Farmers, Take Note: PGR Use Must Be Declared at Delivery for 15/16 Crop Year

Most grain elevators in Western Canada are going to be asking producers to declare whether they used a plant growth regulator containing chlormequate chloride when delivering this year’s crop. If the answer is yes, they’re going to reserve the right to not accept delivery of the grain.

All the companies that are members in the Western Grain Elevator Association, including Cargill, Louis Dreyfus, Richardson, Parrish & Heimbecker, Paterson and Viterra, have added a clause to the existing producer declaration. Starting in the 2015-16 crop year, growers will have to indicate whether they used a product containing chlormequat chloride. This active ingredient is found in a new plant growth regulator sold in Canada by Engage Agro under the brand name “Manipulator.”

Wheat treated with "Manipulator" on the right (photo credit: Engage Agro)

Wheat treated with “Manipulator” on the right (photo credit: Engage Agro)

The WGEA’s reason for the declaration is to ensure Canadian grain containing chlormequat is not inadvertently shipped to the United States. Chlormequate chloride has been approved for wheat in Canada, Europe, Australia and most wheat-producing countries, but it has not yet been approved in the U.S.

“The application for an MRL is currently under review by the U.S. Environmental Protection Agency. We are hopeful an MRL for Manipulator will be established as soon as possible,” Tom Tregunno, product manager for Engage Agro, told RealAgriculture back in April.

A notice published by the Manitoba Wheat and Barley Growers Association on June 4th notes “that means maximum residue limits for shipments to the United States are technically zero and unattainable for any production treated with chlormequate chloride.”

“We raise these concerns to ensure that individual producers and the reputation of Canadian export sales are each protected and preserved. Producers and grain exporters must work together to respect and protect our market relationship with the United States,” said MWBGA chair and Reston area farmer Fred Greig.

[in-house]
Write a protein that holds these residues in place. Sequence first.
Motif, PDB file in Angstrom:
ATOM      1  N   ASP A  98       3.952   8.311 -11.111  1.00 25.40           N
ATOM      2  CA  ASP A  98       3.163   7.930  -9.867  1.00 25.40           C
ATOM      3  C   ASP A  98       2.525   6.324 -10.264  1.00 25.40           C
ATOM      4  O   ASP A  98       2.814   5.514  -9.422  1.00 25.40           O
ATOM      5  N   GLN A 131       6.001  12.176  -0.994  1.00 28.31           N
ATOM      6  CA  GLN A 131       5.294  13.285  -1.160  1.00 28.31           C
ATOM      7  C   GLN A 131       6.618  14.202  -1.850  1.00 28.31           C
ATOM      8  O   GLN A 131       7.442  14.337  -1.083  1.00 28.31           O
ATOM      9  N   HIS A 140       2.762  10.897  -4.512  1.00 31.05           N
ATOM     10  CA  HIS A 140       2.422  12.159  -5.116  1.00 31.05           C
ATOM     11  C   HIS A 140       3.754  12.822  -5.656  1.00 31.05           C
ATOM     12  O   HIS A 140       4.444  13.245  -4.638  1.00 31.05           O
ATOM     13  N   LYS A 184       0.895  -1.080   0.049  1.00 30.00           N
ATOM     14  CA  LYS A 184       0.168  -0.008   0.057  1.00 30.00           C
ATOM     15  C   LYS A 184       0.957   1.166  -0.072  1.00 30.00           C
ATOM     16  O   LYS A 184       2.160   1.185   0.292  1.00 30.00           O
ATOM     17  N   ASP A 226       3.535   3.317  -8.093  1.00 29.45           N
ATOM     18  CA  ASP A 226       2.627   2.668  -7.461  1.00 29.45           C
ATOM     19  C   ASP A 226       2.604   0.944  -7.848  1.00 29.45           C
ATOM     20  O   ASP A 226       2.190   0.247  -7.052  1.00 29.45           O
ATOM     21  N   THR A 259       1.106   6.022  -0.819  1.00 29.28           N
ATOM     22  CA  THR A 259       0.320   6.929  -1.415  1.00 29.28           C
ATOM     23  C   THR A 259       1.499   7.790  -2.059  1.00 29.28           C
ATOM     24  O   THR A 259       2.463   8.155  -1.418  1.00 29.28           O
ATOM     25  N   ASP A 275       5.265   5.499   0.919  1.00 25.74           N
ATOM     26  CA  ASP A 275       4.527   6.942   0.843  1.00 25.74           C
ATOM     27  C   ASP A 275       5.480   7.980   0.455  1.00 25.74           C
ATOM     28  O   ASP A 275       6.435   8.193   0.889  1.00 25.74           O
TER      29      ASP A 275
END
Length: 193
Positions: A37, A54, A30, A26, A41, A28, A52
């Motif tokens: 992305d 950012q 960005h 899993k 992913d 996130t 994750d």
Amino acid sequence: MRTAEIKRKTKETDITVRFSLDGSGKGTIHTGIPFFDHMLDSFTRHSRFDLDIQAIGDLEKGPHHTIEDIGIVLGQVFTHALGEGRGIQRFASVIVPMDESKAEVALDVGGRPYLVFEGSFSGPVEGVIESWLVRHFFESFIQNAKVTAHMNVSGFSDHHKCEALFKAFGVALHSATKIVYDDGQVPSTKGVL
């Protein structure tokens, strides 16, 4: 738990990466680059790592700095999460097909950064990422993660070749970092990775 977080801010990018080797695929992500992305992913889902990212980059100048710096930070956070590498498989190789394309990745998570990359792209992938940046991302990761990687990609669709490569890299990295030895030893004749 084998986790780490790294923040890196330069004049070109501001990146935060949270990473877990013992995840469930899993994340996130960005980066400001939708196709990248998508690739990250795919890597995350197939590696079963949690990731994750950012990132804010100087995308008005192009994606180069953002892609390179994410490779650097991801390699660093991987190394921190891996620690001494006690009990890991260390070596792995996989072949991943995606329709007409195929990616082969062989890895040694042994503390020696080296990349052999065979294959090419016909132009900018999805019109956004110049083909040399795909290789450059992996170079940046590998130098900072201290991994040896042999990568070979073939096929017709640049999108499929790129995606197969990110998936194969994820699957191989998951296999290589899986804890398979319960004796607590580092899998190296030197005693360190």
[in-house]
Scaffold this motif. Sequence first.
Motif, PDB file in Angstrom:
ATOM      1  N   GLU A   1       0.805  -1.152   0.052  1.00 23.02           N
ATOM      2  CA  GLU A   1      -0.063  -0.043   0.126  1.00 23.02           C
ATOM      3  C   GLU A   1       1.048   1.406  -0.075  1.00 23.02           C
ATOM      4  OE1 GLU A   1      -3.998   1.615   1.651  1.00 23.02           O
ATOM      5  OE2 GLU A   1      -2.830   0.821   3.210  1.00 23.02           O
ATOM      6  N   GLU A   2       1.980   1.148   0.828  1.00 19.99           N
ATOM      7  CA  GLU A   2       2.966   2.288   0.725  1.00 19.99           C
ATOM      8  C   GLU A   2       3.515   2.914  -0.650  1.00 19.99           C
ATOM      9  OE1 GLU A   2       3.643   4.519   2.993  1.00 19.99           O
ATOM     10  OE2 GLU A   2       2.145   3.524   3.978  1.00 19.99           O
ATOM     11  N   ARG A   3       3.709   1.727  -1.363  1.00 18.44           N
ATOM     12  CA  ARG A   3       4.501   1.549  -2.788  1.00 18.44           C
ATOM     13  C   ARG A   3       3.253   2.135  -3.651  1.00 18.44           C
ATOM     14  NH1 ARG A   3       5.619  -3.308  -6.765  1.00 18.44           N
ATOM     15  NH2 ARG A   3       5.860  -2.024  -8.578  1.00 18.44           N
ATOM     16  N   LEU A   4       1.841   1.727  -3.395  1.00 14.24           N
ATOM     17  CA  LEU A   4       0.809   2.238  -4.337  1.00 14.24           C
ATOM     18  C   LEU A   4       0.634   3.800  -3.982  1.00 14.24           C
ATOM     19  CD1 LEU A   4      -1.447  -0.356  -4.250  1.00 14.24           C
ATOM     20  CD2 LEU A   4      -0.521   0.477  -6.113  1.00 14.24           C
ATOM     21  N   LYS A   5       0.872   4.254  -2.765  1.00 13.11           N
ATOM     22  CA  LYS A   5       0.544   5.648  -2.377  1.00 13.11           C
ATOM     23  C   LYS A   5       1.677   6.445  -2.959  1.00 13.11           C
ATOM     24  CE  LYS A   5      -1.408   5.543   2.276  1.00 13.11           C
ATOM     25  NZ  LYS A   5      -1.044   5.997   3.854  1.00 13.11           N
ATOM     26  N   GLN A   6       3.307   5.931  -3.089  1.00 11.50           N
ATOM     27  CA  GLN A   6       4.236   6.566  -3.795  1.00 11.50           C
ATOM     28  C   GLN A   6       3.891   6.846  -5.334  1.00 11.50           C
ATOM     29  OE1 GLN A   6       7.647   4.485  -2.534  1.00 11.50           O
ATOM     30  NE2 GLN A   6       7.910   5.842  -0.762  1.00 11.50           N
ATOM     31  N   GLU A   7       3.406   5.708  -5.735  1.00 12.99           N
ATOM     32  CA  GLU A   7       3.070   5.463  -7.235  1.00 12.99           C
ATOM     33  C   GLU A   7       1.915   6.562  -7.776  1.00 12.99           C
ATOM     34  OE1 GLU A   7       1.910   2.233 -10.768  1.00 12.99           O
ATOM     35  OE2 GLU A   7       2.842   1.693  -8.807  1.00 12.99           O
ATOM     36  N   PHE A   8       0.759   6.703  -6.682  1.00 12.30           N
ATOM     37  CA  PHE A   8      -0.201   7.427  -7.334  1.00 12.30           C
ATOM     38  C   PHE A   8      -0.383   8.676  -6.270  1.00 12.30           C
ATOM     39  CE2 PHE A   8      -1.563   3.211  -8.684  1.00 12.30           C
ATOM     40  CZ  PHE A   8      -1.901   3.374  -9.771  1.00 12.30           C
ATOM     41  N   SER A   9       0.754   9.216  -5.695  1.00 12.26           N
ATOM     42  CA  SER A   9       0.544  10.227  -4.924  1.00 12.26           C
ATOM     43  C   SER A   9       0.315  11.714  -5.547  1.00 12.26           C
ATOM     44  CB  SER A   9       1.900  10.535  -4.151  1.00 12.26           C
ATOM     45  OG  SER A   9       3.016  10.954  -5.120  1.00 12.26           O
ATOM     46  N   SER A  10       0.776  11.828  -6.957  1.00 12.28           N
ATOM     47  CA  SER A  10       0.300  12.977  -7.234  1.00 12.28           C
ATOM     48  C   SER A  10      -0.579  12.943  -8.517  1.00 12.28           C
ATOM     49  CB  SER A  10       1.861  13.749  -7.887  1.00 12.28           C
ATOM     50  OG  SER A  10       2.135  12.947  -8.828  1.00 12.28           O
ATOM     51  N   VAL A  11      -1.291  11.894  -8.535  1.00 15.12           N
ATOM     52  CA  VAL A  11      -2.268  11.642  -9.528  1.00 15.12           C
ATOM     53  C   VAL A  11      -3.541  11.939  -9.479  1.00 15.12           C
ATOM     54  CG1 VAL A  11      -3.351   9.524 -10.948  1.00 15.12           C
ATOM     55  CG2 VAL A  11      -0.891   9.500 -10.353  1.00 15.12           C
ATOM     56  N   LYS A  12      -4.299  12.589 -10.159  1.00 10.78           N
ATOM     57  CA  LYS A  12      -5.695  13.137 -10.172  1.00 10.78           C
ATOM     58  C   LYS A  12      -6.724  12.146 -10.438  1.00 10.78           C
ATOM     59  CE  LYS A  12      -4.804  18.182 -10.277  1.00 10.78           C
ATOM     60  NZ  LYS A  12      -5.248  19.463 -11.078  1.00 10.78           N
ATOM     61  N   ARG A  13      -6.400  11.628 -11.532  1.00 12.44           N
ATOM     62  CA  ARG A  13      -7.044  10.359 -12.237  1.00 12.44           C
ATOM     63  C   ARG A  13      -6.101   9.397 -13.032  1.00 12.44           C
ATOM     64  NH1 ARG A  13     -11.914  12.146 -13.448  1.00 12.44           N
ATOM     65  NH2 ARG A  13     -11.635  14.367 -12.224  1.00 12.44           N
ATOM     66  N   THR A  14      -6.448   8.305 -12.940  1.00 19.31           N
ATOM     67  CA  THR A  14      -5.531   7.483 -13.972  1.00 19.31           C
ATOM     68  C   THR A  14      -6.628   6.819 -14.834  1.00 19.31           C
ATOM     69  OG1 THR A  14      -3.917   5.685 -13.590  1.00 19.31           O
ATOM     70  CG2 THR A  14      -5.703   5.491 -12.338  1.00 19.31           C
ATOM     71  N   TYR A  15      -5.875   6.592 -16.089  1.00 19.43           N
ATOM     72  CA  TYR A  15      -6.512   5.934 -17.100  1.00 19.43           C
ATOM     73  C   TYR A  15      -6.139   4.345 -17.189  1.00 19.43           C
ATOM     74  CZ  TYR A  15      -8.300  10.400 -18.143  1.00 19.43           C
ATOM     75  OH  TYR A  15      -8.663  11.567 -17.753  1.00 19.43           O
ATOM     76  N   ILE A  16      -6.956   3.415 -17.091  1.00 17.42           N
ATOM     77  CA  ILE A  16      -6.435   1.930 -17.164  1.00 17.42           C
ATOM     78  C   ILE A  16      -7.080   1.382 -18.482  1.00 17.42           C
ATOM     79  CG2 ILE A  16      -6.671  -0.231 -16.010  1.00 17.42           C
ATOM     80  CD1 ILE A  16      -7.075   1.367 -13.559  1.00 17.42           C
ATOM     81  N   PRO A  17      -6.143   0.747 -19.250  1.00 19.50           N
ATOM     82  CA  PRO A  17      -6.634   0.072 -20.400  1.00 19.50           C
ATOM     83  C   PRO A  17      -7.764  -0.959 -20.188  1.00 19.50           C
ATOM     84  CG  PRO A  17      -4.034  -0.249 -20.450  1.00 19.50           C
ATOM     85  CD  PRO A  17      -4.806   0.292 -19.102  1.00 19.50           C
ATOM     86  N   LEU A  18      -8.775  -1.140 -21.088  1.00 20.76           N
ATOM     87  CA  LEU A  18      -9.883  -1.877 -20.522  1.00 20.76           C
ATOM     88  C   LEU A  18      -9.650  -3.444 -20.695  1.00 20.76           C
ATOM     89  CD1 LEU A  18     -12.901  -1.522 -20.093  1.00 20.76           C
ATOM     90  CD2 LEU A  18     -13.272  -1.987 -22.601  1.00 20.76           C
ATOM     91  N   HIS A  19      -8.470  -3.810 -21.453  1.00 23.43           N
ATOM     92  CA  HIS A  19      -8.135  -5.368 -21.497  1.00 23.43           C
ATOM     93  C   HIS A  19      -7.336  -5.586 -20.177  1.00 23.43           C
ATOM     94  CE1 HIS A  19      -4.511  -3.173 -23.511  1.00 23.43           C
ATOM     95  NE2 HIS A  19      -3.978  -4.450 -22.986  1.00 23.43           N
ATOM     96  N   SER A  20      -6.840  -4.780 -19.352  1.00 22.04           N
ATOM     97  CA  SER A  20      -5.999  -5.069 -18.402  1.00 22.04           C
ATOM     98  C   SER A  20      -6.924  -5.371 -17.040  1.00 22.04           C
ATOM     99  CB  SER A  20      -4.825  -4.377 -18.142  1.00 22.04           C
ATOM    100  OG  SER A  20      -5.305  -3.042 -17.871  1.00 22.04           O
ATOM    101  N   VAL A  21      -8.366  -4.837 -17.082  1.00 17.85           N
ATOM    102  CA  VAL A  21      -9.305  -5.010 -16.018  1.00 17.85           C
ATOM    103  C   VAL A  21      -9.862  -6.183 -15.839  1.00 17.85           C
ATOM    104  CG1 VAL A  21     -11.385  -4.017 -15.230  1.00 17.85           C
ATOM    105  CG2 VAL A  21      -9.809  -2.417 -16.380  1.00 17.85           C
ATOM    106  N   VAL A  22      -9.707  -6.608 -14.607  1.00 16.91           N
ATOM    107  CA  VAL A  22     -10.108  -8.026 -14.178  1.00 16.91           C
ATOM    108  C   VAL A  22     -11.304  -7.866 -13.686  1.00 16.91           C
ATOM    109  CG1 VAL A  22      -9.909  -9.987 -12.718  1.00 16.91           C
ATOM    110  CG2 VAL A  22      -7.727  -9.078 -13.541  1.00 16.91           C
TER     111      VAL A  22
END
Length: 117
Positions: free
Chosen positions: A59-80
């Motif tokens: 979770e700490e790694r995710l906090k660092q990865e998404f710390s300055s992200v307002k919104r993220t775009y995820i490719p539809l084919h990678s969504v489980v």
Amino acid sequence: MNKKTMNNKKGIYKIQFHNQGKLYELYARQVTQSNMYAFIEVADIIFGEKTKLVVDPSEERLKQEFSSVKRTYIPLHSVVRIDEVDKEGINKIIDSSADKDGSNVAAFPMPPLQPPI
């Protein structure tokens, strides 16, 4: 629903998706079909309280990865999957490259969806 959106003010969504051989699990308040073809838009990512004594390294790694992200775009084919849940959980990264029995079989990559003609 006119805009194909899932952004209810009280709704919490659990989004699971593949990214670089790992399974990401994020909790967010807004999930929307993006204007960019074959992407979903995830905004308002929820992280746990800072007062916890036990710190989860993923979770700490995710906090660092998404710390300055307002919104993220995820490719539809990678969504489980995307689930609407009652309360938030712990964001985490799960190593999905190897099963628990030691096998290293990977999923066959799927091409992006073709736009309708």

The Western Canadian Wheat Growers Association has also circulated a notice reminding growers to “be aware of how this may affect your marketing options and to declare your use of the product to any and all buyers of your grain, including those buyers who are not members of the WGEA.”

Related: Seller Beware: Avoiding Mistakes That Make a Crop Difficult to Market

 

New Crop Input Question on Delivery Declaration

Western Grain Elevator Association (WGEA) member companies have added the following wording (or something similar) to their delivery declaration:

I understand that chlormequat, the active ingredient in “Manipulator”, is registered for use on wheat in Canada, but is not lawfully registered for use in the United States. Therefore, grain exported to the United States must be free of chlormequat. I hereby represent and warrant that (please check one):

__ Any and all deliveries of wheat or any other grains made by me or on my behalf have not been treated with any crop protection product containing Chlormequat, including the product known as “Manipulator.”

__ My delivery has been or may have been treated with “Manipulator” and/or a product containing Chlormequat.

In the event of noncompliance of this warranty, the Grain Handling Company and/or the Grain Buyer may refuse to accept delivery of the grain and/or oilseed offered for sale.

 

RealAgriculture News Team

A team effort of RealAgriculture's videographers and editorial staff to make sure that you have the latest in what is happening in agriculture.

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